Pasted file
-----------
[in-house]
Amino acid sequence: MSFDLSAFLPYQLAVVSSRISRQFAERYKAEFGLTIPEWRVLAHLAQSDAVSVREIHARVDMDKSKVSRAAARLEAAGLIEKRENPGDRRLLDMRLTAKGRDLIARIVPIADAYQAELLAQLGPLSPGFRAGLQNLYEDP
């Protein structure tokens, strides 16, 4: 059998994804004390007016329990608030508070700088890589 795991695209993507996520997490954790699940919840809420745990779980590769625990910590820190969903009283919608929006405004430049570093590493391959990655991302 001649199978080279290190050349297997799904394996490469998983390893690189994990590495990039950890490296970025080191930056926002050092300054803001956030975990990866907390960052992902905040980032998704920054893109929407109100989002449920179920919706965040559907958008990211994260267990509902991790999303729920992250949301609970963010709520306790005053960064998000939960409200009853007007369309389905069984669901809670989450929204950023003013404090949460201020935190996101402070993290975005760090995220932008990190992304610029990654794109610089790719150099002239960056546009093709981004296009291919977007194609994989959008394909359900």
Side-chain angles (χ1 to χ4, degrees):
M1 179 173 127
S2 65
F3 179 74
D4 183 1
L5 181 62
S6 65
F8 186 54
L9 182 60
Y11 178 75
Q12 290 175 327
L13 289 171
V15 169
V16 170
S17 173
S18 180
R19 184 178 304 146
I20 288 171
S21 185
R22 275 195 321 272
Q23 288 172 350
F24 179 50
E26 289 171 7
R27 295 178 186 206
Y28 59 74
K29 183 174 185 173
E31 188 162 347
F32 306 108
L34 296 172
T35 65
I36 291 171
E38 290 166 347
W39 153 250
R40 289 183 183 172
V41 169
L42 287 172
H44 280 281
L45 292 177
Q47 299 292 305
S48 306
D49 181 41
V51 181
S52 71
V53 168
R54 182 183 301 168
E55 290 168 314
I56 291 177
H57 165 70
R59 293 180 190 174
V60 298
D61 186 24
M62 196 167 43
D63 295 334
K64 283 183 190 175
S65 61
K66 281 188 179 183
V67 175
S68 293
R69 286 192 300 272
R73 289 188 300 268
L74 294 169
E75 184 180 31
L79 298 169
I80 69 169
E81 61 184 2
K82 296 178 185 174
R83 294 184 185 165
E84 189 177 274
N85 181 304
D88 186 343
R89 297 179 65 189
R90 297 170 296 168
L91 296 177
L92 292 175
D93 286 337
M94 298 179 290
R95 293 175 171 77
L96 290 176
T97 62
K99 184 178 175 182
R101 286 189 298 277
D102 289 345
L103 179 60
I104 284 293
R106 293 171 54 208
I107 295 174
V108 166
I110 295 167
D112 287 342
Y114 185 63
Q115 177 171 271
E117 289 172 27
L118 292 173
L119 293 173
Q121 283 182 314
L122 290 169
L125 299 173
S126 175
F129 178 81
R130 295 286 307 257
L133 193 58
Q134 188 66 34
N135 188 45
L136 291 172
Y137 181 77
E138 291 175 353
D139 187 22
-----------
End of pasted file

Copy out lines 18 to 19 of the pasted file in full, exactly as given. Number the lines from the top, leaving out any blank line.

S17 173
S18 180